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How the 2008 Tax Rebates Work

        Money | Taxes

President George W. Bush signed into law the Economic Stimulus Act of 2008 on February 13, 2008.
President George W. Bush signed into law the Economic Stimulus Act of 2008 on February 13, 2008.
Alex Wong/Getty Images

If you haven't received them already, you'll soon receive two letters in the mail from the Internal Revenue Service.

"Oh great," you say.

Chin up! These letters bear good news. The first will give you an overview of the Economic Stimulus Act of 2008, which includes the dispensation of tax rebates to taxpayers in the United States. The second letter will confirm whether you are eligible for the rebate, how much money you'll receive and when you'll receive it.

"What?!" you exclaim. "Money from the IRS?"

Indeed, one highlight of the Economic Stimulus Act, signed by President Bush on February 13, 2008, is a tax rebate, which is meant to encourage consumer spending. Rebates will go "to more than 130 million households" in the United States [source: IRS]. The Bush Administration hopes the Stimulus Act's "direct and rapid income tax relief" will stimulate the U.S. economy as recession looms.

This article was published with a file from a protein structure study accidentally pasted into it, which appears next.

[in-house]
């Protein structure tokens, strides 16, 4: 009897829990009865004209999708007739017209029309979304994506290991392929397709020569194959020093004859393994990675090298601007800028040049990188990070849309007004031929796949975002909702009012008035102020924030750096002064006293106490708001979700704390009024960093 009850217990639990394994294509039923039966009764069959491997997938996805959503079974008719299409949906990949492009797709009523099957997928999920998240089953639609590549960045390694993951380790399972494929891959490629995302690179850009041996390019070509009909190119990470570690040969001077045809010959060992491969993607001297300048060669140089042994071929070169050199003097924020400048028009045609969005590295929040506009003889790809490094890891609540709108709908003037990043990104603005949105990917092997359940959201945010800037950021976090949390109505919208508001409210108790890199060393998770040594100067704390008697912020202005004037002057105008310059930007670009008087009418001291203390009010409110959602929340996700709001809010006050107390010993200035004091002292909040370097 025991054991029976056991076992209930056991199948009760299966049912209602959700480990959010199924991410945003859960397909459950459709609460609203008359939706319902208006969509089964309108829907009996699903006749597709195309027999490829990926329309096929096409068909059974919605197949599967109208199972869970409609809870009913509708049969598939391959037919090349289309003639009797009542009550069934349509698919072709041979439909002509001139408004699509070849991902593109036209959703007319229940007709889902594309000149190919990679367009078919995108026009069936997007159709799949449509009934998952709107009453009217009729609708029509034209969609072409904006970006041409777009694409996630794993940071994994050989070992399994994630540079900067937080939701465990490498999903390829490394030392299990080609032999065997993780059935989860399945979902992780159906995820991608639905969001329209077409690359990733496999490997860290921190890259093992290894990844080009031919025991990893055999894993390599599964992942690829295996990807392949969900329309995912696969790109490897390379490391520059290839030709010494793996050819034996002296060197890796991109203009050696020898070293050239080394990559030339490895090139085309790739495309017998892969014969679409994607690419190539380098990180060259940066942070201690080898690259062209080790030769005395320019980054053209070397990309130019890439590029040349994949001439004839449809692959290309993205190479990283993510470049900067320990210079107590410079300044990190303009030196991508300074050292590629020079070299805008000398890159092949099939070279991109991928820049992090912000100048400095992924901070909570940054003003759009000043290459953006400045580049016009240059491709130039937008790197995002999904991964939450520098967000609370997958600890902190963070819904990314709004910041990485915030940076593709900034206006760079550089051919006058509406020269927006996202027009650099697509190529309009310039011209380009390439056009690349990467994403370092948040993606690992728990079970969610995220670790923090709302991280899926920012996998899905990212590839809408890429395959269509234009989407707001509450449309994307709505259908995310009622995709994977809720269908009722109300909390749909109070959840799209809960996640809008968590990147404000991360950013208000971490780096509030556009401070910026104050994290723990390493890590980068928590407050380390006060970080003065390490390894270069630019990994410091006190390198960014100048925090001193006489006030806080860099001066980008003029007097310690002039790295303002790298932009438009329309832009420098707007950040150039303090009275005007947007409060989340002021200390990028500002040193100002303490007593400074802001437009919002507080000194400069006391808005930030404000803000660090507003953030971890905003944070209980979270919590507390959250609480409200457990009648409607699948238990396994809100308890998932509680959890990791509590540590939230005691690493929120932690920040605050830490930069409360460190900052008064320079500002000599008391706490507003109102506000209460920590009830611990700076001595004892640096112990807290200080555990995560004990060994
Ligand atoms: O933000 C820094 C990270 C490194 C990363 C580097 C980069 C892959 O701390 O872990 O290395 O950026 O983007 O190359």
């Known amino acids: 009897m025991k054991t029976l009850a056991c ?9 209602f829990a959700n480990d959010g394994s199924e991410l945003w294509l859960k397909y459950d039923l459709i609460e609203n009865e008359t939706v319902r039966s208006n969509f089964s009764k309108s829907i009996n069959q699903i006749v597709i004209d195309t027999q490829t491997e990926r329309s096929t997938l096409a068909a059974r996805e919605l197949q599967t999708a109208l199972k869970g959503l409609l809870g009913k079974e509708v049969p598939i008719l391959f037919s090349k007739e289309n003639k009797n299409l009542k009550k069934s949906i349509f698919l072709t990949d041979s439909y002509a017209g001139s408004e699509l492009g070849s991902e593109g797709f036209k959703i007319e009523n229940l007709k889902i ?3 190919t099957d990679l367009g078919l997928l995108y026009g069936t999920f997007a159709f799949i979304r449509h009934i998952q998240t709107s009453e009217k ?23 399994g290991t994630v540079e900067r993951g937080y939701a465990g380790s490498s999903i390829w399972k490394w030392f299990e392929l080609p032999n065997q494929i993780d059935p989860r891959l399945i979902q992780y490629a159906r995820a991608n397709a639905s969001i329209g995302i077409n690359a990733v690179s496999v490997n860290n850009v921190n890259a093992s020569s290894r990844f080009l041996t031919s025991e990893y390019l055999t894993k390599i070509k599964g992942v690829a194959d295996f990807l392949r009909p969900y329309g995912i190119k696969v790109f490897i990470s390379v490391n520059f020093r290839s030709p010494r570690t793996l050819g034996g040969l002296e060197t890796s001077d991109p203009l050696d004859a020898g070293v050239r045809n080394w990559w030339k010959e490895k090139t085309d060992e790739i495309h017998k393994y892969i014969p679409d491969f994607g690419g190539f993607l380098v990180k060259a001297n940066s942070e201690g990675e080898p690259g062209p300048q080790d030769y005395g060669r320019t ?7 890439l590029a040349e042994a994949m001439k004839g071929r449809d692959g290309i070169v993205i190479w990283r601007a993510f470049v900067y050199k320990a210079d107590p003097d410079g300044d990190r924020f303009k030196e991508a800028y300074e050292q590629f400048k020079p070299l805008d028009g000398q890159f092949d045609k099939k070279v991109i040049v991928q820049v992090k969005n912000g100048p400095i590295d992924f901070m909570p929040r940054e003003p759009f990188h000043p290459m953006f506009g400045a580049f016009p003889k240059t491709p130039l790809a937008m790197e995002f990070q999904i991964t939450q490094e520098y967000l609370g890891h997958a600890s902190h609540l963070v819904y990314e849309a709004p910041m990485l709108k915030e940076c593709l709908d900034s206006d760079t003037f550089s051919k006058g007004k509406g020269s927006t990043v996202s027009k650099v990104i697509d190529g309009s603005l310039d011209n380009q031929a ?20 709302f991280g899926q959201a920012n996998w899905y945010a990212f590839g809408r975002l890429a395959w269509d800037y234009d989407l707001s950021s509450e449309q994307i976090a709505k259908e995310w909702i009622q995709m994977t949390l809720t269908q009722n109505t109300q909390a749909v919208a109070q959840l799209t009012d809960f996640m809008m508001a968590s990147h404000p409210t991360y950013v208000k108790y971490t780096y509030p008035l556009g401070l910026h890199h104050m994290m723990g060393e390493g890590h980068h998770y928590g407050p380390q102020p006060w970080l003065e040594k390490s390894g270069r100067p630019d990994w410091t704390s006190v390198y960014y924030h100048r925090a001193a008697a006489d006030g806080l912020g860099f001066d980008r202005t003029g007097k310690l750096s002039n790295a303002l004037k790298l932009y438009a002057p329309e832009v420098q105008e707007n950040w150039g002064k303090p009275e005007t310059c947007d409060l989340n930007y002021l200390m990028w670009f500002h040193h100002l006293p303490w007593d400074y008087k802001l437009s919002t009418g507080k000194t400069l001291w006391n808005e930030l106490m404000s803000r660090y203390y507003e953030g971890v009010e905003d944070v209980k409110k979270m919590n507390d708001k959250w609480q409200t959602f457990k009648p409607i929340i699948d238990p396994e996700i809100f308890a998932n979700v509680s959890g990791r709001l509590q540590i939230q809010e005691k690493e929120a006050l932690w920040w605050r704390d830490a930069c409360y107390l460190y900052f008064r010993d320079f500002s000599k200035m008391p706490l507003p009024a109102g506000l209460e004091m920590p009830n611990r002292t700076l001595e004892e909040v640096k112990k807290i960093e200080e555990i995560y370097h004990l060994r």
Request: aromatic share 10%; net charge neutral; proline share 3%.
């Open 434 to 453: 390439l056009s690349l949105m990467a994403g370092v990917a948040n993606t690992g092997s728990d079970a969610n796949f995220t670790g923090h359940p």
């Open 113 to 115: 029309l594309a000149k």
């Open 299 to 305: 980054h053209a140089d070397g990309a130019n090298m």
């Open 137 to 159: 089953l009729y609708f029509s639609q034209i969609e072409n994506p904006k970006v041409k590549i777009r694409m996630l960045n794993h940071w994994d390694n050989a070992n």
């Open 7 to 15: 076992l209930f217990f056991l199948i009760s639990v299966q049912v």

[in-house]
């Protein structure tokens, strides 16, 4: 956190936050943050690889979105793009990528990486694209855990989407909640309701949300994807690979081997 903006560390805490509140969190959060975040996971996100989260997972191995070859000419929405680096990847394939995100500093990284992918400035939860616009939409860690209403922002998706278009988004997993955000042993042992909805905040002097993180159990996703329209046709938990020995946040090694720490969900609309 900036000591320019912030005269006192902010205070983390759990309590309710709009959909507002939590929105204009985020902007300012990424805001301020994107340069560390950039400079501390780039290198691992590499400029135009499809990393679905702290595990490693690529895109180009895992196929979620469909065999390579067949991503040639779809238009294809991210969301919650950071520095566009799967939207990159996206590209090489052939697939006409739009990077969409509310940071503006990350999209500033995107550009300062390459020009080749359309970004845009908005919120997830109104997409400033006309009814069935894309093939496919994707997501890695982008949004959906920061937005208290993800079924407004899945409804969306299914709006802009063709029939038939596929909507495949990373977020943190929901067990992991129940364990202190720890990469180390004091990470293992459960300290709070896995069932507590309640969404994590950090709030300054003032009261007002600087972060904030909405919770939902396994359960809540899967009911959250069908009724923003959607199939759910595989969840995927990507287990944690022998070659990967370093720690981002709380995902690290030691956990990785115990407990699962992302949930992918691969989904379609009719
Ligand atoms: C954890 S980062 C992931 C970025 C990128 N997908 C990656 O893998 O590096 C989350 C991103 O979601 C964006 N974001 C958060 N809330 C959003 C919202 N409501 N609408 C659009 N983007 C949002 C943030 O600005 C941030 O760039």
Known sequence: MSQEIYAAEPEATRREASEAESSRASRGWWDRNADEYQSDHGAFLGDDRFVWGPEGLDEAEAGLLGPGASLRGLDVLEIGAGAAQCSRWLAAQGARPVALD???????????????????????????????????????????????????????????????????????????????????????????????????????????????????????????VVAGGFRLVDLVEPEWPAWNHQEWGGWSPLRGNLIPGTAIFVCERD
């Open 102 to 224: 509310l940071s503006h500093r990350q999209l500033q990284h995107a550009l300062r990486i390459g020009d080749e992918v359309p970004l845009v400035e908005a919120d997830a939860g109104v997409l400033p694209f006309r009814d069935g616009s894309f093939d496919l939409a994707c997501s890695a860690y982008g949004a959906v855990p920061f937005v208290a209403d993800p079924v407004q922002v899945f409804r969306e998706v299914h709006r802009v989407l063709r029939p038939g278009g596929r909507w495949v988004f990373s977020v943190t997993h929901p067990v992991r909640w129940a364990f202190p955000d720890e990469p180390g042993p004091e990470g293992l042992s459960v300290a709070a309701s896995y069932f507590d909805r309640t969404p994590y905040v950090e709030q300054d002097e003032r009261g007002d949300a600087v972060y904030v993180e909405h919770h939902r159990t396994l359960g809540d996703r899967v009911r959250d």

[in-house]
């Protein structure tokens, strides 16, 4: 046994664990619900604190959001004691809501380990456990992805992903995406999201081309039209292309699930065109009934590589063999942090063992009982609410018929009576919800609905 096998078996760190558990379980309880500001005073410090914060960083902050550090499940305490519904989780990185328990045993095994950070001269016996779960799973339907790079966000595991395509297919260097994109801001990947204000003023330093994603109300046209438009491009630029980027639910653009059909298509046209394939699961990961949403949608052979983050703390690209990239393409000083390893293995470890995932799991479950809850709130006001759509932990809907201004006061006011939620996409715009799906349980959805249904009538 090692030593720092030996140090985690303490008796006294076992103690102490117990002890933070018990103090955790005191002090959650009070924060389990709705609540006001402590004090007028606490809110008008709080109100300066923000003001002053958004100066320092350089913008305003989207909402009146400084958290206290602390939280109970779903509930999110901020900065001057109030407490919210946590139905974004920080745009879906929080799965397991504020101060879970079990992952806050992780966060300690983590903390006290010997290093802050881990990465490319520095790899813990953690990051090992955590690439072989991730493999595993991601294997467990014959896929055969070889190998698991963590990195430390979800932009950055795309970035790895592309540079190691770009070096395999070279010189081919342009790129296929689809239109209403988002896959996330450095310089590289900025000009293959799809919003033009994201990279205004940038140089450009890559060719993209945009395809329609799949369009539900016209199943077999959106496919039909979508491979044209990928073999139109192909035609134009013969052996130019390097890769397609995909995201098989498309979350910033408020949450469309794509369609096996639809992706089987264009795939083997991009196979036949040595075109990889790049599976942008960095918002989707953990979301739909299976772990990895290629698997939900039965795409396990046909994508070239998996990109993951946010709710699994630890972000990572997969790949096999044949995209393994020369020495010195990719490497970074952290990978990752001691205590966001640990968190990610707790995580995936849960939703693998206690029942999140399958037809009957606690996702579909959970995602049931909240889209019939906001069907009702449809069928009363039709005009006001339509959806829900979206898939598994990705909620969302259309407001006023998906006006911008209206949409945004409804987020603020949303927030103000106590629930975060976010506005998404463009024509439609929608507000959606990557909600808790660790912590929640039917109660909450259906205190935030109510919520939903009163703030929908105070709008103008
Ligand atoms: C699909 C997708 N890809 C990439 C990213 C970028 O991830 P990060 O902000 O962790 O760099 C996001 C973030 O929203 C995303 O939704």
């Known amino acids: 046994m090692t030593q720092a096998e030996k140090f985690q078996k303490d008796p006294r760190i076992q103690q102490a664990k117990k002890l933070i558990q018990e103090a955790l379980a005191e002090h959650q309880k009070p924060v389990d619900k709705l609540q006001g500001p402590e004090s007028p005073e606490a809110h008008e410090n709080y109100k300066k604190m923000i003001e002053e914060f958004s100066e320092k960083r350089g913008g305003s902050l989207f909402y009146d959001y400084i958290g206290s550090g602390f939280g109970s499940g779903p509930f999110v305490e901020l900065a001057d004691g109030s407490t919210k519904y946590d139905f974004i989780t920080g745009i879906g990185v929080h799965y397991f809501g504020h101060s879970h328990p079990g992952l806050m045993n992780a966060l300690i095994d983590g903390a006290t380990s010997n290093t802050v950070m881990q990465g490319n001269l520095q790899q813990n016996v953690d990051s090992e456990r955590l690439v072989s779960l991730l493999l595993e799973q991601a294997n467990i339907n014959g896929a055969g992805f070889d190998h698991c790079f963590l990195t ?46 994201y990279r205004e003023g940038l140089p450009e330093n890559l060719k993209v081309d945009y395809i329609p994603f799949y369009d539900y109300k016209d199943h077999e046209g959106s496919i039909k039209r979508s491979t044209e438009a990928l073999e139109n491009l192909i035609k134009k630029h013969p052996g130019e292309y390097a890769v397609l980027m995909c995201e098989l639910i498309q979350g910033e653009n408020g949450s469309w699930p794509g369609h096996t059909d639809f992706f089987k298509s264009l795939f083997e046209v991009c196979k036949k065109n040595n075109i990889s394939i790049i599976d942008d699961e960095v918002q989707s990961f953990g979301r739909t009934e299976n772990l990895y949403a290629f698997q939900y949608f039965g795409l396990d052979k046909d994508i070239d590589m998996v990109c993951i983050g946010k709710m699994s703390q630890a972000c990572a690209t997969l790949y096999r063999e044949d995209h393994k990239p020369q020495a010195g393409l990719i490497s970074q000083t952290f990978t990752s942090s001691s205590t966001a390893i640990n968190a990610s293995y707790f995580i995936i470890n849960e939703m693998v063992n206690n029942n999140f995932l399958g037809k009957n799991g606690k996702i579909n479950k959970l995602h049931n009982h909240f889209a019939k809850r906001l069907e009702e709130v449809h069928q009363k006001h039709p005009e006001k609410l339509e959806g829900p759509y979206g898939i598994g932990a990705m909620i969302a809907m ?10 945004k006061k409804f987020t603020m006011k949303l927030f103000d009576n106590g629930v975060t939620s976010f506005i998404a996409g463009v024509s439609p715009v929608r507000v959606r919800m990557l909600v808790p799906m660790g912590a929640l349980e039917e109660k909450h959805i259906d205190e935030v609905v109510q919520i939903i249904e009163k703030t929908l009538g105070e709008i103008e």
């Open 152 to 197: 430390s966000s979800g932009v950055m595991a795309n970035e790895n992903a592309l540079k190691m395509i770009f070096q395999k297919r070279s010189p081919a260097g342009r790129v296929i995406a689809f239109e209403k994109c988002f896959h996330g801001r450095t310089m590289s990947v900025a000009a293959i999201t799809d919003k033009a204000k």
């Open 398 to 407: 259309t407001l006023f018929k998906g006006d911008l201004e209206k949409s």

So what's the catch? One of the great things about this rebate is that, unlike an income tax refund, the tax rebate is not taxable. Furthermore, the rebate will not affect any refund you might receive this year or next year. The Administration's hope is that this little windfall will encourage consumers to get out and spend some dough, thereby increasing business earnings and, hopefully, encouraging growth.

Ready to start spending your money? Not so fast -- check out the next page to see if you qualify for a rebate.


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